The planet Jupiter is just making its appearance in the evening skies, and now dominates the southern horizon most of the night. For anyone who follows Jupiter closely, the giant planet presents a rather different face in 2007 than we’ve seen in recent years.
The two images above, made by D. L. Sharp with an 8-inch Newtonian, clearly show the changes which have taken place since this time last year.
All we ever see of Jupiter is the top of its thick gaseous atmosphere, and it’s easy to forget that what we are seeing is clouds and that, as on our own planet, cloud patterns can change.
In recent years, the most obvious features have been two dark belts, known as the North Equatorial Belt and the South Equatorial Belt, with a lighter zone, the Equatorial Zone, in between, marking the planet’s equator. Bright Tropical Zones appeared north and south of the two main belts. This is shown in the image on the left; north is at the top in these images. The result was a fairly symmetrical array of belts and zones relative to the equator.
Fast forward to 2007
The most striking change is that the southern half of the South Equatorial Belt has faded, changed from dark to light. At the same time, the normally bright Equatorial Zone has darkened, and the North Temperate Belt, to the north of the North Equatorial Belt has also darkened. The visual effect of this is that Jupiter’s cloud belts have become noticeably asymmetrical: the whole northern half of the planet having become one dark complex belt, and the whole south of the planet becoming a broad bright zone.
These changes in the background colors of the belts and zones have had a striking effect on the appearance of Jupiter’s famous Great Red Spot. In recent years, the GRS has been buried in the dark hued southern component of the South Equatorial Belt, making it difficult to see in small telescopes due to the lack of contrast. In some years, it has actually been lighter than its background Belt, and has been visible only as a brighter area in a dark Belt, known as the Red Spot Hollow.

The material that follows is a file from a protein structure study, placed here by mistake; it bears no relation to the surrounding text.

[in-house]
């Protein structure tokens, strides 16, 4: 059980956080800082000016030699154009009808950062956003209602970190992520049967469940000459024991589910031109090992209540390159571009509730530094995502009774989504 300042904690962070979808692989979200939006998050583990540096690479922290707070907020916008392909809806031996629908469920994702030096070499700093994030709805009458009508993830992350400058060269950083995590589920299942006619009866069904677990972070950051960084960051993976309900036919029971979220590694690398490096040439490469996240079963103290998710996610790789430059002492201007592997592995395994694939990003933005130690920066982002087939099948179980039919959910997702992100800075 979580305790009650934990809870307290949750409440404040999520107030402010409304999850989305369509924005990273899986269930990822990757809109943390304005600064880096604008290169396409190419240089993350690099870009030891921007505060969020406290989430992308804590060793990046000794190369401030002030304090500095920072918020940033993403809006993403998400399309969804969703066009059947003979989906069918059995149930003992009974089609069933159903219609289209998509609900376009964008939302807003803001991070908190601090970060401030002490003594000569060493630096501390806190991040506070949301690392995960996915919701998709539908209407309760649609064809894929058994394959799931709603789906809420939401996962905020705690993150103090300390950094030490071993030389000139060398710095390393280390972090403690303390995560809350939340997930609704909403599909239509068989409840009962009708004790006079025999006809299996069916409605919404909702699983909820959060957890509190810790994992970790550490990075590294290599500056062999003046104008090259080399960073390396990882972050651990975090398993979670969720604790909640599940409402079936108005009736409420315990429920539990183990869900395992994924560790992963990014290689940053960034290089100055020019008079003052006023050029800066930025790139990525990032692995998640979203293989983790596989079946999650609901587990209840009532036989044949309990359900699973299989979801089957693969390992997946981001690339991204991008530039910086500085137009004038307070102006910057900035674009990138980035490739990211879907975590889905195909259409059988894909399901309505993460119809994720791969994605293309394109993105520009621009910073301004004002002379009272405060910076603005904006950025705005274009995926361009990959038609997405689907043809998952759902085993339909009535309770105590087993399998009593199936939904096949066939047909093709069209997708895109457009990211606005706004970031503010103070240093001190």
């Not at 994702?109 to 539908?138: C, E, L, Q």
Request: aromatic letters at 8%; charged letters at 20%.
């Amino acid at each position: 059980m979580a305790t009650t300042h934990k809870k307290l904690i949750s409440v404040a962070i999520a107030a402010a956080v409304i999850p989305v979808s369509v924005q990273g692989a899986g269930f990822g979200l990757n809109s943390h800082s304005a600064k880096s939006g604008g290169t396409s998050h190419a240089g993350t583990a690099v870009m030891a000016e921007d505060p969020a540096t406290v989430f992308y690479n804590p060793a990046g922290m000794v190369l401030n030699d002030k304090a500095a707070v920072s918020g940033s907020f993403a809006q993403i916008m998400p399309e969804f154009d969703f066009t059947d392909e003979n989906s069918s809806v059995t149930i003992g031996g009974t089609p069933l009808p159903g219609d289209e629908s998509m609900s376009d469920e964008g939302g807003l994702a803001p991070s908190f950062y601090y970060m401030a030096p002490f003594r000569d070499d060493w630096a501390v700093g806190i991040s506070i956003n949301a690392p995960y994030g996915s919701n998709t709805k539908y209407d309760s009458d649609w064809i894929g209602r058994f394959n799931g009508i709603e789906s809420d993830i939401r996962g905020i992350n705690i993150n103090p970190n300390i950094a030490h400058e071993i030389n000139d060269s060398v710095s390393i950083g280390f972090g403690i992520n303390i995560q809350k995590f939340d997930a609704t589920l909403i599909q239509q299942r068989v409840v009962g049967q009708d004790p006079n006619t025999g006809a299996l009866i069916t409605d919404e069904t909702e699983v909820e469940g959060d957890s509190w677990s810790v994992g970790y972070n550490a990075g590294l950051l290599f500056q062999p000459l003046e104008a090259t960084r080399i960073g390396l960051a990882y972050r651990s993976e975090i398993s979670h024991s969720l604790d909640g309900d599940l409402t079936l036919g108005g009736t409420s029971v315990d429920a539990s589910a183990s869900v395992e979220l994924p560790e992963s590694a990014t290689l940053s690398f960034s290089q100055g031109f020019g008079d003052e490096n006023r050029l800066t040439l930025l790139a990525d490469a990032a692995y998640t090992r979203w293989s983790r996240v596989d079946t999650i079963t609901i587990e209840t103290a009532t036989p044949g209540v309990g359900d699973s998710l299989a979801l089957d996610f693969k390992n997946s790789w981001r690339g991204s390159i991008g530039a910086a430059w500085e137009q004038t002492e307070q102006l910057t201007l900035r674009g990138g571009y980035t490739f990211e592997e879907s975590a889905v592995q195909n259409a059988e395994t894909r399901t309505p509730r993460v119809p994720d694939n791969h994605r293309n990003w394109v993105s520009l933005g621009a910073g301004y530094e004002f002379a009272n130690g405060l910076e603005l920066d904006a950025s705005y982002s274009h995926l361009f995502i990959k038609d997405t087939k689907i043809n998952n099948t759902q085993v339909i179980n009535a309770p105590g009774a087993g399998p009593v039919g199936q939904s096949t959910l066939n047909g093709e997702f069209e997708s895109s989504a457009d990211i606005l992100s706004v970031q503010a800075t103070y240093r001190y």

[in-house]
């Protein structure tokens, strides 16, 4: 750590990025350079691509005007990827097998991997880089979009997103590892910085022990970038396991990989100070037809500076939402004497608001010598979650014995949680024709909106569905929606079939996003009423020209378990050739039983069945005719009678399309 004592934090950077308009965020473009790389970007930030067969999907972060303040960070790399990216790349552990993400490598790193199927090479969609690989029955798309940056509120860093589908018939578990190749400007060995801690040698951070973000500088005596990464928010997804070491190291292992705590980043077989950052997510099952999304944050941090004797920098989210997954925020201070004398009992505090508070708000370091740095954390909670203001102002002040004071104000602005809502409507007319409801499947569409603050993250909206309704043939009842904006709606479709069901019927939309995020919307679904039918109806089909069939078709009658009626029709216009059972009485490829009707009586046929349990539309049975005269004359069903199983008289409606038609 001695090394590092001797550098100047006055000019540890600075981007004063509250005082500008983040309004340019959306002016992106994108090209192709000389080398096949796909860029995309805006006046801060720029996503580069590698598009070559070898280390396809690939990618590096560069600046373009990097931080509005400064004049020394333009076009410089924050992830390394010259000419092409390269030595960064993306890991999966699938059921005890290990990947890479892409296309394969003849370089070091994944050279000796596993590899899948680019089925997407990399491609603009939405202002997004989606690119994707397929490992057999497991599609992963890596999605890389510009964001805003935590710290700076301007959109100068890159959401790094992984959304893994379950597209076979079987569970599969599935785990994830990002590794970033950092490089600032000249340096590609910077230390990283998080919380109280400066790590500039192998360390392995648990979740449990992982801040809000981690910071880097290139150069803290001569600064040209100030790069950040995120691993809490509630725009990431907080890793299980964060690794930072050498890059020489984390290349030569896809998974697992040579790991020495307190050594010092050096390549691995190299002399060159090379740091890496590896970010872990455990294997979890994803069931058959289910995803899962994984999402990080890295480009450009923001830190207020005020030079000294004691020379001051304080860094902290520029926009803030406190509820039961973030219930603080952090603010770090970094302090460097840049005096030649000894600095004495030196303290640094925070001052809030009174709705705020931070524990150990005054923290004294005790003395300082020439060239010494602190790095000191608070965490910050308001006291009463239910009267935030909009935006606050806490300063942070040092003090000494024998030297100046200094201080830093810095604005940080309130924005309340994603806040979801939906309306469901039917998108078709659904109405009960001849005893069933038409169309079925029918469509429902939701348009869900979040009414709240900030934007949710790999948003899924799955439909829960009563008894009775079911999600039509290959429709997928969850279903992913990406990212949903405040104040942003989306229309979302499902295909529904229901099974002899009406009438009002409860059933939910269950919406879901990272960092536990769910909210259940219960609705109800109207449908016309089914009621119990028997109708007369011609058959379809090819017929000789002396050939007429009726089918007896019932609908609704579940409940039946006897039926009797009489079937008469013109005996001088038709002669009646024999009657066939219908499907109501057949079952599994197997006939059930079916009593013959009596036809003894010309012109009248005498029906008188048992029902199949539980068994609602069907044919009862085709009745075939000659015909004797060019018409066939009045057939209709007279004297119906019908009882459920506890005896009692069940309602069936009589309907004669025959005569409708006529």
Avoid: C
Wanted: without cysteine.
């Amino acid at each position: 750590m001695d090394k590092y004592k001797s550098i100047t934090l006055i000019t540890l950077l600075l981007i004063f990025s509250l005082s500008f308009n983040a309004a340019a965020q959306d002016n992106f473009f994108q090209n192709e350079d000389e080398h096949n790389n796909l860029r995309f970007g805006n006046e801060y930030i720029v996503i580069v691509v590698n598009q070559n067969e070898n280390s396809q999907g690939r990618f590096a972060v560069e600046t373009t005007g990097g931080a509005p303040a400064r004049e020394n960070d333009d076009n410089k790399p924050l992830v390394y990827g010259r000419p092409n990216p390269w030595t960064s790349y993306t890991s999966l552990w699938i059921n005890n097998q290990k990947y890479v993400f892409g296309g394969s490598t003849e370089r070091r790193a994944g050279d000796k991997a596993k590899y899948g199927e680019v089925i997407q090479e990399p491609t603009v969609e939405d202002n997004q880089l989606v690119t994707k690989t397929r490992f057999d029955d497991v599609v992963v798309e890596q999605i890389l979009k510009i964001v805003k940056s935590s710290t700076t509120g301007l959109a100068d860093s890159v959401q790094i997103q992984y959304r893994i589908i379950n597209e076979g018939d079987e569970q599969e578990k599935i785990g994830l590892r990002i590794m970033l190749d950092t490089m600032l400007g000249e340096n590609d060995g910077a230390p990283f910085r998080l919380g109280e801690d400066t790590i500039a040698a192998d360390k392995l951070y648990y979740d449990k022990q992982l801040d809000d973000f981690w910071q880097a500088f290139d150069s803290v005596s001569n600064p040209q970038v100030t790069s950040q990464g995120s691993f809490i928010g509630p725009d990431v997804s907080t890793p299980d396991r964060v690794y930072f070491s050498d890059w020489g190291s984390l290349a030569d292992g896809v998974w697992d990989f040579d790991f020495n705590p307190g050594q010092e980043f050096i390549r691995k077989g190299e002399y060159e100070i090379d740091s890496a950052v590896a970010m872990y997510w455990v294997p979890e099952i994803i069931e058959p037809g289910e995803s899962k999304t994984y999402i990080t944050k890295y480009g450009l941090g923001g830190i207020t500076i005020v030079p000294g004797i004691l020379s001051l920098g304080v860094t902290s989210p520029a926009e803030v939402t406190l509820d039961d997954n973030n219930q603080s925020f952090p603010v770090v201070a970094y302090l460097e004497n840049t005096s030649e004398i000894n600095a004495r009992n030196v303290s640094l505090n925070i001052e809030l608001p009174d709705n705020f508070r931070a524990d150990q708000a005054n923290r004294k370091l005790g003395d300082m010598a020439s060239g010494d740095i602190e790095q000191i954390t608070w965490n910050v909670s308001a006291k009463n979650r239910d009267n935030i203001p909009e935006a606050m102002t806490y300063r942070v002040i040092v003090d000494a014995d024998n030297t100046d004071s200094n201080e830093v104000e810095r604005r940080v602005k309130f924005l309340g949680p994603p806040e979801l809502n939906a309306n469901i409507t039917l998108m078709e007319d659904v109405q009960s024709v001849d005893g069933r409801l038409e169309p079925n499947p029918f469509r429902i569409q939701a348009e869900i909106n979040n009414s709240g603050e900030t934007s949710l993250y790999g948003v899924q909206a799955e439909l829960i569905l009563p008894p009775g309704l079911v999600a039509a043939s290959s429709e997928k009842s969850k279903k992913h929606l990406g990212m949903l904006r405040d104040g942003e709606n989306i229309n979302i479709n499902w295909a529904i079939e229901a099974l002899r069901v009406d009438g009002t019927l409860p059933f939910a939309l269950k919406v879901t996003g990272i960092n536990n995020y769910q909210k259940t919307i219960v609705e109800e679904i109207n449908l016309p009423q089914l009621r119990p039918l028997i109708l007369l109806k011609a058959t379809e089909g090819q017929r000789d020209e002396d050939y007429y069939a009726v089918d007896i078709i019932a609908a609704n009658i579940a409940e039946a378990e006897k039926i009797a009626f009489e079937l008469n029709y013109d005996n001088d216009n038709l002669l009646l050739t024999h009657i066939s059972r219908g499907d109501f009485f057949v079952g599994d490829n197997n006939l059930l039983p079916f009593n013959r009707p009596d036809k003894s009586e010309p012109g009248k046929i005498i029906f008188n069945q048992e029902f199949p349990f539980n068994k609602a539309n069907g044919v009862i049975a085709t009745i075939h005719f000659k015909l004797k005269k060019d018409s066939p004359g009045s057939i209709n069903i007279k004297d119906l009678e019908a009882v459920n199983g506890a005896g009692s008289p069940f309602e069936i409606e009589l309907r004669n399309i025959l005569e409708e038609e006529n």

But now, in 2007, it is immersed in a broad white zone, and stands out clearly from its background, as can be seen in the image at right above. As a result, the Great Red Spot is easier to see in a small telescope than it has been for many years.
On the night of 2007 June 17/18 I was able to see it readily with my 100mm Orion ED refractor at 180x, which was next to impossible last year. No color was visible; that requires a larger aperture: on June 9/10 it appeared a pale salmon pink in my 11-inch Newtonian.
You can use Starry Night® to predict when the Great Red Spot will be close to Jupiter’s central meridian, the imaginary north-south line though the center of Jupiter’s disk.
Starry Night® needs to know the current longitude of the Red Spot, since it drifts in longitude. It gets this information from a file in the Sky Data folder called JupiterGRS.txt. Mac users will need to control-click on their Starry Night® application icon, choose “Show Contents”, and then drill down through Contents, Resources, and Sky Data to find this file.
If you have Starry Night® 6.0.0 or earlier, this file should be edited to contain the value 118.0. If you have Starry Night® 6.0.1 or higher, it should be 284.0.
With these values in the JupiterGRS.txt file, Starry Night® will depict the position of the Great Red Spot accurately so that you will know when best to observe it. Because of its improved visibility this year, give it a try!
Geoff has been a life-long telescope addict, and is active in many areas of visual observation; he is a moderator of the Yahoo "Talking Telescopes" group.